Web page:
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Can National Public Radio Reach all of the Public?



On Wednesday, i'll be heading to the National Association of Black Journalists convention in Indiana for four days of discussion on how to amp up diversity in the nation's news media. Topic one: how to deal with the diversity fatigue which seems to plague newsrooms today -- weary from the never-ending struggle to create a newsroom diverse as the communities they cover.

Ed_gordon So it was a good time to drop my story yesterday on National Public Radio's struggle to make a go of its only black-focused program, News & Notes with Ed Gordon.

If you live in the Tampa Bay area, you probably haven't heard the show because it's only available on WUSF-FM's secondary digital channel. But Ed had the daunting task of taking over for black media icon Tavis Smiley, when he decided to leave NPR, and his reward has been a loss of more than 186,000 listeners a week and no presence or reduced presence in major markets such as Chicago, New York City and here.

It's an enduring irony that NPR, long considered a liberal institution, has struggled mightily with a lack of diversity for decades. It was sued three times for race and gender discrimintion in the 1990s and still only has four black program hosts on its roster -- including the two people who host News & Notes.

I wrote about this issue from the content side last year, and I heard from a fair number of earnest Tavis_smiley_suit3 peopel at NPR who said they were working on the issue -- mostly by developing Ed's show. Now that he's got one foot out the door -- about to announce this week a new TV show he's hosting in partnership with Black Enterprise magaizne -- I hear my story Monday is now making the rounds among some at NPR who still hope to do better.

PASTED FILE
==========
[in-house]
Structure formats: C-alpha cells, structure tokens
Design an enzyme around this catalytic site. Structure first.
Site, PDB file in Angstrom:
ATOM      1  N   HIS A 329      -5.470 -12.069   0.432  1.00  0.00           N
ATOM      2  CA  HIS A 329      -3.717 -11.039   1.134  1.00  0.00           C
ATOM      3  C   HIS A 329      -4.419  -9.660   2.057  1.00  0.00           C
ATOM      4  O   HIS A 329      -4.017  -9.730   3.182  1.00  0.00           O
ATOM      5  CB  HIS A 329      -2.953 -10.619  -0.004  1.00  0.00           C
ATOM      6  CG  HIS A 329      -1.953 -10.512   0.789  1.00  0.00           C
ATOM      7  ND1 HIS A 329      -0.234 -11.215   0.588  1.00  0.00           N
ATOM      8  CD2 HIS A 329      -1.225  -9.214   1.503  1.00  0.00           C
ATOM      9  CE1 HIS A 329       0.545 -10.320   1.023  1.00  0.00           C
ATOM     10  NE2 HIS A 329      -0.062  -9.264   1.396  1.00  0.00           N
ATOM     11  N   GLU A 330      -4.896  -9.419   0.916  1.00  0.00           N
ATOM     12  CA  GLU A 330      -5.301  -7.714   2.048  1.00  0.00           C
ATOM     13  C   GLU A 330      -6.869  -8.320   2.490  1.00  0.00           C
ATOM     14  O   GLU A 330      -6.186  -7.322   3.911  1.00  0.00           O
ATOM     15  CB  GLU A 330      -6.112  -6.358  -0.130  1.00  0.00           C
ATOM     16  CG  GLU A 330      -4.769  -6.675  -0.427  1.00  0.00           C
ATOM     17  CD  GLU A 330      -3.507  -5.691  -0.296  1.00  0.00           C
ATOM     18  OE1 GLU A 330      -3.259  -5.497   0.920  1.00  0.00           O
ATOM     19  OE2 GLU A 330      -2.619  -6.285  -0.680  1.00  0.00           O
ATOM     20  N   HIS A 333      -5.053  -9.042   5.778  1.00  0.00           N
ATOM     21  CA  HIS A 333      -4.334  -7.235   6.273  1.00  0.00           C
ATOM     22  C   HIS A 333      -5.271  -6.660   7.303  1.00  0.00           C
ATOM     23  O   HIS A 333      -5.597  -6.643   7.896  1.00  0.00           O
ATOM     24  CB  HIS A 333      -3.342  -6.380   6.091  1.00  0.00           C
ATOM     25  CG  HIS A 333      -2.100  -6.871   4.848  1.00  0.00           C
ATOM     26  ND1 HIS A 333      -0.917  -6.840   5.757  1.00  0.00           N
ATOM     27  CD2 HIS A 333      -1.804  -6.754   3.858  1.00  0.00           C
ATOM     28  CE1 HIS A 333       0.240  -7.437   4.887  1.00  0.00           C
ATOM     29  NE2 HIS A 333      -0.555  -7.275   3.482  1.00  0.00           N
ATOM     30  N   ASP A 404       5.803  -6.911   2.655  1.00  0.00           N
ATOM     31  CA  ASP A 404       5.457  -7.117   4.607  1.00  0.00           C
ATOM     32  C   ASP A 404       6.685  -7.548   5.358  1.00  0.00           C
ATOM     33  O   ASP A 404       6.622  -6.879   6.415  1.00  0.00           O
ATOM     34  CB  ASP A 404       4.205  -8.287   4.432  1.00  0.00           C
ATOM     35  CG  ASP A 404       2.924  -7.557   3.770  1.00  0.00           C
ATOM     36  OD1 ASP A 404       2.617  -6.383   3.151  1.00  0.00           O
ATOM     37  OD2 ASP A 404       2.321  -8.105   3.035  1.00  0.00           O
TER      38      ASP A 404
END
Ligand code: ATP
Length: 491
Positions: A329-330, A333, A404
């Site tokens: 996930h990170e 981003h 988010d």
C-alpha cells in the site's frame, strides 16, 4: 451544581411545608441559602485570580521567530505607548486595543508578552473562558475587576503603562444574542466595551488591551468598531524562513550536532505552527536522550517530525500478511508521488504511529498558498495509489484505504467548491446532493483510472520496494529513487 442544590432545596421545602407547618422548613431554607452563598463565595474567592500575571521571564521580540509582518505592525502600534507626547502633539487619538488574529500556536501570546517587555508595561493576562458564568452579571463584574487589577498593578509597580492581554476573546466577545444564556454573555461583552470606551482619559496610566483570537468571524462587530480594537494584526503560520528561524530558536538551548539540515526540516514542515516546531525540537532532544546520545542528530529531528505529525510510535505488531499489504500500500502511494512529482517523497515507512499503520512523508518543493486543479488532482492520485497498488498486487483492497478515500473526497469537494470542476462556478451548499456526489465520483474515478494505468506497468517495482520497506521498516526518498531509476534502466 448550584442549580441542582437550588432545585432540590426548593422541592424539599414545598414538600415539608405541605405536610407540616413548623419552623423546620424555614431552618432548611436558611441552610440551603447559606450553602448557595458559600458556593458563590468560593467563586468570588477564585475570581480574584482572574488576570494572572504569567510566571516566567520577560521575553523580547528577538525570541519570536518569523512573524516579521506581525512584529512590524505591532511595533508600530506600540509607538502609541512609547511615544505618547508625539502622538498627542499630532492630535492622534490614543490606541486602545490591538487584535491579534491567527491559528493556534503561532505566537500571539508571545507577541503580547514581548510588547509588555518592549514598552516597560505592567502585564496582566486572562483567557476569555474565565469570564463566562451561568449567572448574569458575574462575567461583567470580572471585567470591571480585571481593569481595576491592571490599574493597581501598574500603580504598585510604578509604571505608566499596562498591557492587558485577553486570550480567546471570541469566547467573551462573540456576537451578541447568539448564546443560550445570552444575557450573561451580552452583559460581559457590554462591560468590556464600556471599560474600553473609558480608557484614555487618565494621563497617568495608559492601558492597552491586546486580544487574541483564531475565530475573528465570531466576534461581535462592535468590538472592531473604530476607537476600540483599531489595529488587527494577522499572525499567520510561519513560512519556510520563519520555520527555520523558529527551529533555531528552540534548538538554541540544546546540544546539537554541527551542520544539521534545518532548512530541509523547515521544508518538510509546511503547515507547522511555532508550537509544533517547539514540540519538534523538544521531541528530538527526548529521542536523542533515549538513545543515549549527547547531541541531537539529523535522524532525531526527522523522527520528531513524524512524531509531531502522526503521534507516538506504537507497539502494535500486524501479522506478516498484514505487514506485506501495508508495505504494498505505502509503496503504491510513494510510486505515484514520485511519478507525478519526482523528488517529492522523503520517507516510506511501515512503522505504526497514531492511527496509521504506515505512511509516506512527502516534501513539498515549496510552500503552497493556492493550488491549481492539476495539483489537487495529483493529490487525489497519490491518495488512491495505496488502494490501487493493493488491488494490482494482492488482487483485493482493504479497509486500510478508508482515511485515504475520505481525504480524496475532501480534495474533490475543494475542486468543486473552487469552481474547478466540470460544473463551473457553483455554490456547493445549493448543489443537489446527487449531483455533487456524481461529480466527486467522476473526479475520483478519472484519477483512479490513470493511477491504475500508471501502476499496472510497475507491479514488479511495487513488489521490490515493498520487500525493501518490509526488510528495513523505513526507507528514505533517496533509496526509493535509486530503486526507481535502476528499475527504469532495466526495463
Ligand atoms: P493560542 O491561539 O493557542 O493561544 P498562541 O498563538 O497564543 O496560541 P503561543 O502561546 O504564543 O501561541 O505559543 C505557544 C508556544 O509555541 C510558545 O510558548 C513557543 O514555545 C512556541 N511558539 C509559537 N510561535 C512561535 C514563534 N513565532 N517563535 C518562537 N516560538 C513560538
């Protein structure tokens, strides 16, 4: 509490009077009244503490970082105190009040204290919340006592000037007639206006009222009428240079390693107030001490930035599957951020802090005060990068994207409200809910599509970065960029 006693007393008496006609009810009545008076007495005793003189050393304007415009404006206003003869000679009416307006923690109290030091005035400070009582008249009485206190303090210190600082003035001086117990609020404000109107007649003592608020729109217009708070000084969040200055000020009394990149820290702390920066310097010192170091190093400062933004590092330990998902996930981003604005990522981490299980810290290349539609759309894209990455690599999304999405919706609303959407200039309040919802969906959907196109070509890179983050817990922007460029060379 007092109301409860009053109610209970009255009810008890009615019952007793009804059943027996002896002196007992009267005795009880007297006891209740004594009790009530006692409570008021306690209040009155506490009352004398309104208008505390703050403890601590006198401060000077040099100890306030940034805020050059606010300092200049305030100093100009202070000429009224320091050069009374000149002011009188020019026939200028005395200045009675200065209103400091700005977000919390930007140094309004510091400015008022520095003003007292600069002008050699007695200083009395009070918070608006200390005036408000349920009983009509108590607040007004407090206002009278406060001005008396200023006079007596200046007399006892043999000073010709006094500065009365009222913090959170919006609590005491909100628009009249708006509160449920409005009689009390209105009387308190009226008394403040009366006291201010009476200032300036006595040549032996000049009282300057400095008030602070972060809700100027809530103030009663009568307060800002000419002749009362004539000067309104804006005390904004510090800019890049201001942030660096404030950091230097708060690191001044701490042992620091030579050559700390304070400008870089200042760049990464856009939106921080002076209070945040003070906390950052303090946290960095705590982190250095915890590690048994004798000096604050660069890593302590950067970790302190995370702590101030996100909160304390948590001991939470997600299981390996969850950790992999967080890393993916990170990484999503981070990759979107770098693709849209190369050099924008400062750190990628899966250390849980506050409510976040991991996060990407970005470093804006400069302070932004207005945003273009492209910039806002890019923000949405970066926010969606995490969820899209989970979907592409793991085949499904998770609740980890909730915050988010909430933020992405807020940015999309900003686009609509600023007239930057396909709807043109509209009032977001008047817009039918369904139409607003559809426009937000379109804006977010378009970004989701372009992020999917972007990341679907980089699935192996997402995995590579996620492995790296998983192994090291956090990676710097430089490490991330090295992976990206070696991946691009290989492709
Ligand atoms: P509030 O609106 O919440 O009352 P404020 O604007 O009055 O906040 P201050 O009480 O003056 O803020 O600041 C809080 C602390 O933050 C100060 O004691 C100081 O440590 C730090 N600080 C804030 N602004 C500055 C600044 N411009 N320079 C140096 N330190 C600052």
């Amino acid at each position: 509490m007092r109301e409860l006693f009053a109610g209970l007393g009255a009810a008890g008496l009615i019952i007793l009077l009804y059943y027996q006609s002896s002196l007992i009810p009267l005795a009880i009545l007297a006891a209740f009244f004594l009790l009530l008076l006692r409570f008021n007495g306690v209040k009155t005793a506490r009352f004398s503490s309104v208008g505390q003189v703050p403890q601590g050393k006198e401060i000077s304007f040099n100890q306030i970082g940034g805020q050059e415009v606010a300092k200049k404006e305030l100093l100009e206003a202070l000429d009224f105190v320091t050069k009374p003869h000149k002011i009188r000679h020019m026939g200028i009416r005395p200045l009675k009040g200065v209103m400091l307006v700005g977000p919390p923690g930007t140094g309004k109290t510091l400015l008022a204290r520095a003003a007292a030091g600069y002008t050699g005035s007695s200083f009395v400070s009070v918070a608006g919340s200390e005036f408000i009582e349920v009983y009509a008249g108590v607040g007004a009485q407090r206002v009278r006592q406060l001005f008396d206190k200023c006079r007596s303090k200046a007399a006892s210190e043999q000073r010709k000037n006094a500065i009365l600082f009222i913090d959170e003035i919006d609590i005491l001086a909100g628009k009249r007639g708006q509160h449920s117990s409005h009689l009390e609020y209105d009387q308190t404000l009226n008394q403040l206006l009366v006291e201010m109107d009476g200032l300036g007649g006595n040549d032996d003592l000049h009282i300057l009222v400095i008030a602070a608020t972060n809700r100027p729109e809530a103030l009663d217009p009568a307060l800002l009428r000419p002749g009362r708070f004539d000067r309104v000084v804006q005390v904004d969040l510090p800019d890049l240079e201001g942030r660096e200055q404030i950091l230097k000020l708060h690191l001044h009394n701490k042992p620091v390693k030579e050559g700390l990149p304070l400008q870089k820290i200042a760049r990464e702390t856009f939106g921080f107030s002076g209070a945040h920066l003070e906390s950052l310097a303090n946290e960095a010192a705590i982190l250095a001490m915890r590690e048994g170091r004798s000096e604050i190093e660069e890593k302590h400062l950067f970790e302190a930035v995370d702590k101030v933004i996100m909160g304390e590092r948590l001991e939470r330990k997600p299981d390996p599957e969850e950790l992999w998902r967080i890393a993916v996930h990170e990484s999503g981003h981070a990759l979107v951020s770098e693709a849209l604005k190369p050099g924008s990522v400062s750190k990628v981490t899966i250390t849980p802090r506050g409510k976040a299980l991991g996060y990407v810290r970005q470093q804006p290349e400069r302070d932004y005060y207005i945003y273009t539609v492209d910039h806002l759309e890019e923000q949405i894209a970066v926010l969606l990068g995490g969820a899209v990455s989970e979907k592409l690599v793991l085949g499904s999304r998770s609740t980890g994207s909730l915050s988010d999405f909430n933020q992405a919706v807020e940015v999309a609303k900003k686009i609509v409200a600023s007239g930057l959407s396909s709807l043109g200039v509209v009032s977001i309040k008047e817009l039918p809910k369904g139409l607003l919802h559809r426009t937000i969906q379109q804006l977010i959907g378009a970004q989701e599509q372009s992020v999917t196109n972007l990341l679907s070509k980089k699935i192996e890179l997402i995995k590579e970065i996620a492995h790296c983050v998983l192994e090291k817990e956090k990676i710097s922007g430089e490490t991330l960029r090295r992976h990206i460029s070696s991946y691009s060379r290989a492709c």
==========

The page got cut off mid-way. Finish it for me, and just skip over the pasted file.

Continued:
Frankly, I think everything from Dave Chapelle's show to Tavis' current PBS radio and TV programs prove you can create shows rooted in black culture that appeal to everyone. Wonder why NPR is having such a tough time doing it?

Can Jerry Springer and Tucker Carlson Save Network TV?

Well, the roster for ABC's Dancing with the Stars is out, and its a typically star-studded bunch.

News already broke days ago that MSNBC political nerd Tuker Carlson was on tap to show off his white guy overbite (even his friends say he dances "like he's just been tasered"; see the evidence here). But the alphabet network dropped the full roster yesterday for the show, which debuts sept. 12, and it's positively horrifying.

Faded L.A. Law star Harry Hamlin (see him as a star -- and now on the D-list; click to enlarge). Hhamlinnow Hamlinnow


Well-past-his-prime ex-teen star Joey (now going by the much more grownup sobriquet, Joe) Lawrence (then -- and now). Joeylawrence



And this guy. (can they work a chair-slinging brawl into a tango routine?)

D-listers everywhere have been clamoring to get on the show after seeing its impact on the careers of towering talents like Stacy Kiebler, Lisa Rinna and John O'Hurley. But if this is what it takes to save network TV from the onslaught of digital downloads and viewar apathy, maybe we're better off without it.

[Last modified: Wednesday, July 21, 2010 2:36pm]


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